Wes Craven Presents: Dracula 2000 is a nostalgic film for me. Sure, it’s not exactly the best acting, but not exactly the worst. And maybe not exactly the best vampire, but not exactly the worst, either. It is the light, fun sexiness to the movie that creates that nostalgic feeling.
Dracula 2000 takes place in modern times in New Orleans, Louisiana, and begins with a really cool museum heist scene involving a 1990s cast to be reckoned with which includes Danny Masterson (That 70s Show), Johnny Lee Miller (Trainspotting 1996), Omar Epps (Scream 2 1997), Sean Patrick Thomas (Halloween: Resurrection 1997), and finally, ’90s singer Vitamin C, who we remember fondly with the musical hit, “Graduation (Friends Forever),” which was released in 1999. If you are old enough to remember the 1990s and some of the amazingly (good) cheese it brought us horror movie wise, Dracula 2000 is a movie for you.
Gerard Butler (300 2006) stars as the long stowed away Dracula, who was entombed by Van Helsing, played by Christopher Plummer (The Lake House 2006). A group of thieves break into the museum where Dracula’s coffin has been kept hidden. Thinking there are valuables in the there, they steal it and try to take it home with them on a jet. Not the best idea. Dracula is suddenly reborn and hungrier than ever.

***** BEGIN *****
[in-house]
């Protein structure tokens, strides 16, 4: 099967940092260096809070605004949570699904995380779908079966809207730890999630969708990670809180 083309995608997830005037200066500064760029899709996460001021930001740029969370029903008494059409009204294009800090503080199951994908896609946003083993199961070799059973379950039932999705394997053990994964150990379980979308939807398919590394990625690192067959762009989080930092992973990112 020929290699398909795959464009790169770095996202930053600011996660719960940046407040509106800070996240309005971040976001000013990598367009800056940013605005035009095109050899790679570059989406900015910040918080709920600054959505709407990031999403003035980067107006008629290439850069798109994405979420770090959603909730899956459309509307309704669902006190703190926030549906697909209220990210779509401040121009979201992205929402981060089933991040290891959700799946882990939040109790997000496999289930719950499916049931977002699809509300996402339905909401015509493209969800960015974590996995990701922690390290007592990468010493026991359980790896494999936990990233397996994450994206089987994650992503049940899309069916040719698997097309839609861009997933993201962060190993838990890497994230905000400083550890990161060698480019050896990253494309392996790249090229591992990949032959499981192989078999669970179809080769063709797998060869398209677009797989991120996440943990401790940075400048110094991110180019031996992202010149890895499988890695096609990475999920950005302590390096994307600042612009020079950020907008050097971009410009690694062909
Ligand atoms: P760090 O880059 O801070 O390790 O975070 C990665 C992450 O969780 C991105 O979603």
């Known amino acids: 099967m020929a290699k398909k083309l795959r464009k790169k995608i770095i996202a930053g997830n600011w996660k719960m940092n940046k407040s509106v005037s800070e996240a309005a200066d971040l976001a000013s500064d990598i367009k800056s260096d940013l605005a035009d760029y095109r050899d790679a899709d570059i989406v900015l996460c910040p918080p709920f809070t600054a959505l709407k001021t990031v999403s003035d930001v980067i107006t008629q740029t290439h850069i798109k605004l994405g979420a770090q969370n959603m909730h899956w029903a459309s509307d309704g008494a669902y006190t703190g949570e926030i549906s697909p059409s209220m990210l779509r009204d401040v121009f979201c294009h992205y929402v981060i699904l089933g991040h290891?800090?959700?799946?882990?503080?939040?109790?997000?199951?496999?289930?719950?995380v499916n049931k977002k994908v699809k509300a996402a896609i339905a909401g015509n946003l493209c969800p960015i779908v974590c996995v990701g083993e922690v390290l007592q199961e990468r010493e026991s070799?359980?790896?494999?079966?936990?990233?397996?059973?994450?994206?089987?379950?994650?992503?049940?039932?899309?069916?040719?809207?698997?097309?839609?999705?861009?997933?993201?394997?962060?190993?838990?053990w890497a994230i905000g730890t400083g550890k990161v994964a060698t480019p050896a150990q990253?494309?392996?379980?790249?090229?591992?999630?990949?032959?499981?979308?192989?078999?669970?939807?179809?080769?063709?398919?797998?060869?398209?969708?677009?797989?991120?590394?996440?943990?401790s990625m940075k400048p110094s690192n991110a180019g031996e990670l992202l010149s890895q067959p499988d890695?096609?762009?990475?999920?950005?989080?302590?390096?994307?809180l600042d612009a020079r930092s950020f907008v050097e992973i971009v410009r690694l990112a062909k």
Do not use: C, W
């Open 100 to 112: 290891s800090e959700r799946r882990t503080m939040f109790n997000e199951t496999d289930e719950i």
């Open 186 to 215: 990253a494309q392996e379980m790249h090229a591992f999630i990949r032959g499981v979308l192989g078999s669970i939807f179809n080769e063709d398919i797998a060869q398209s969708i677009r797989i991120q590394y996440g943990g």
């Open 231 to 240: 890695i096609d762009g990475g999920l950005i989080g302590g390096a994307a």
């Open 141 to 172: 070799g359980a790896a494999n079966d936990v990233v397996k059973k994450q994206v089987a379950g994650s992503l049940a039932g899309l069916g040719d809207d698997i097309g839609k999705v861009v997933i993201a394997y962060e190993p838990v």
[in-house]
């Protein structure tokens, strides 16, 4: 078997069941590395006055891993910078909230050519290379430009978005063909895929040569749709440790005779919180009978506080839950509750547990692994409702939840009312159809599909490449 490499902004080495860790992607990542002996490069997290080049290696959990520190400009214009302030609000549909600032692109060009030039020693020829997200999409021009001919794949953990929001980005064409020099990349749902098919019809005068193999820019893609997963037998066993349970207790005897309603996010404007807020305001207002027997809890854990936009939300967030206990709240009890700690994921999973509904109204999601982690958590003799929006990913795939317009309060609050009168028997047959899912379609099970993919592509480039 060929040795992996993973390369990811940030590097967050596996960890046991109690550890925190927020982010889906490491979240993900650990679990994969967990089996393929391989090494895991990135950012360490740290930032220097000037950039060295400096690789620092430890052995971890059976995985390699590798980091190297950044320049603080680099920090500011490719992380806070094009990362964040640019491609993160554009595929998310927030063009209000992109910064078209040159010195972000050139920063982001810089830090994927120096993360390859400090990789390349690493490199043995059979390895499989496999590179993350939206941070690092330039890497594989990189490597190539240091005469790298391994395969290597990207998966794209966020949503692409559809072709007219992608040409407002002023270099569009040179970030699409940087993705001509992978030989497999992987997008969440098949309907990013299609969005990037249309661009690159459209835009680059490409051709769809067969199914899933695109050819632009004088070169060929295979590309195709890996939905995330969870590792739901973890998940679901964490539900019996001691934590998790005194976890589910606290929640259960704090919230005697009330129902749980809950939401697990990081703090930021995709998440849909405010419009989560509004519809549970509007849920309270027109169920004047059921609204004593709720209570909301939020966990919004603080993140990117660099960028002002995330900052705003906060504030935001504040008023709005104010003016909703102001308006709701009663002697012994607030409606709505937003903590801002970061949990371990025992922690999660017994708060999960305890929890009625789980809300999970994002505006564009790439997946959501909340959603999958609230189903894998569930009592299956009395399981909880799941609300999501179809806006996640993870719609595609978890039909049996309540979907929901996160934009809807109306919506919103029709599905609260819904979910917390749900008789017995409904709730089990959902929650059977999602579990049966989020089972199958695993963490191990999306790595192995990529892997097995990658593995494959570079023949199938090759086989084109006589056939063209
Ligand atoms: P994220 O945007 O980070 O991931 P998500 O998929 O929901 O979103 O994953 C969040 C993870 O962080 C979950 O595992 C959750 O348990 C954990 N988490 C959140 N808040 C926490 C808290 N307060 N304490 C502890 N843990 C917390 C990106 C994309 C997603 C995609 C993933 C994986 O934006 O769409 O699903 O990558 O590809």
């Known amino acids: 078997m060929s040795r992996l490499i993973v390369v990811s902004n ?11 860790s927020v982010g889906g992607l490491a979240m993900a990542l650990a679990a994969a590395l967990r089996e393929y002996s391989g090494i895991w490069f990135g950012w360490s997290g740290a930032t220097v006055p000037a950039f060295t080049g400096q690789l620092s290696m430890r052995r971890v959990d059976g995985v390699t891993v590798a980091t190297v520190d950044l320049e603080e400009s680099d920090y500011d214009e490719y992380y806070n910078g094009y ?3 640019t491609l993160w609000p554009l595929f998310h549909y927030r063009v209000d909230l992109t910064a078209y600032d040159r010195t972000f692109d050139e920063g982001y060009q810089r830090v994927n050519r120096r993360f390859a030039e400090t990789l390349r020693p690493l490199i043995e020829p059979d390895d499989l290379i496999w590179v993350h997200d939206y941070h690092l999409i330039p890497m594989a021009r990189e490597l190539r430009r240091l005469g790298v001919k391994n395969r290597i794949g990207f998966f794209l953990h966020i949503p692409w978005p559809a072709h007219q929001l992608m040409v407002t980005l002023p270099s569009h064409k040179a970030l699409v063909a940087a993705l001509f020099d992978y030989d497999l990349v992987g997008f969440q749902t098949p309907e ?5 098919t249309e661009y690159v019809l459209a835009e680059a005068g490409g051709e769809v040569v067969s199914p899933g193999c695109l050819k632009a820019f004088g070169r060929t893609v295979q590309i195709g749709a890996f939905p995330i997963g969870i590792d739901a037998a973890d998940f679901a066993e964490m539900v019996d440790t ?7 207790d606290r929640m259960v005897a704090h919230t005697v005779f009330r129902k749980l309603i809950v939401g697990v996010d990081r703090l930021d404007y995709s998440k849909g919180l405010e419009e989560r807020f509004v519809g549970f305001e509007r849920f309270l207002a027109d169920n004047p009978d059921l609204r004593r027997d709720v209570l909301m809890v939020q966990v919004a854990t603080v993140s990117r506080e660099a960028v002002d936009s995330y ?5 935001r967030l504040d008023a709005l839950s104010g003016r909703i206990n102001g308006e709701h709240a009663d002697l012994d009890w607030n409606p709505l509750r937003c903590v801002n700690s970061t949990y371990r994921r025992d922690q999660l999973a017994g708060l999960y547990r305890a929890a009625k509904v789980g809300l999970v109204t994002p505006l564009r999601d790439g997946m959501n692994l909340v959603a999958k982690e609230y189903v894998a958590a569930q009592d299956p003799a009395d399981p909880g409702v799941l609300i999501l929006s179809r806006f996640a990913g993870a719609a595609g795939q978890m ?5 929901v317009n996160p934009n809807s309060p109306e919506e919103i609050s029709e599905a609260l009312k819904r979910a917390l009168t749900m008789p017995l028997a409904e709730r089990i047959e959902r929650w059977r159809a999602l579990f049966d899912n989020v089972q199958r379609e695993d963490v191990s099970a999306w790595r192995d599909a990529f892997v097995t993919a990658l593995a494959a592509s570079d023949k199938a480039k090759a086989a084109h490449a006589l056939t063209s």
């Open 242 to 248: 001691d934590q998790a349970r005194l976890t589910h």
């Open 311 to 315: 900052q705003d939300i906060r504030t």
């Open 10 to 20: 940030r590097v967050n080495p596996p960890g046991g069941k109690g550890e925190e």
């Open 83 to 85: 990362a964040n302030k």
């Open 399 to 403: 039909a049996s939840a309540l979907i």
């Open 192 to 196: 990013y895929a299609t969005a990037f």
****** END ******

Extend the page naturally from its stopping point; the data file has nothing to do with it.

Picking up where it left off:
Creating an army of vampires to help him in his cause, he is determined to find his love, Mary Heller-Van Helsing, played by Justine Waddell (Killing Bono 2011). Mary has been dreaming about a mysterious man for a long time. Unbeknownst to her, that man is Dracula, the monster her grandfather is determined to destroy. Dracula 2000 is a bit of 1990s goodness mixed with classic tales of the vampire and his love.
Released on December 22, 2000, the movie opened to negative reviews and disappointing box office numbers. However, the film did very well when it was released to video. The soundtrack is highly celebrated and includes music by Powerman 5000, Linkin Park and Monster Magnet.
Dracula 2000 was filmed by Patrick Lussier who directed My Bloody Valentine 3D in 2009 (read our retro review here), and also edited and directed episodes of Scream and The Purge. In fact, he has a long history of editing horror including the Scream film series, Wes Cravens’ New Nightmare (1994 – read our retro review here) and Halloween H20: 20 Years Later (1998 – read our retro review here). Dracula 2000 actually fits nicely in with these other 1990s classics.
All in allm if you are looking for a light, fun vampire movie, I would recommend Dracula 2000. If you are more in the mood for one for the serious and dramatic tone of classic vampire movies such as Nosferatu or Interview With The Vampire, you may want to steer clear. On it’s 20th birthday, however, Dracula 2000 may be worth picking up for a quick jaunt down 1990s memory lane.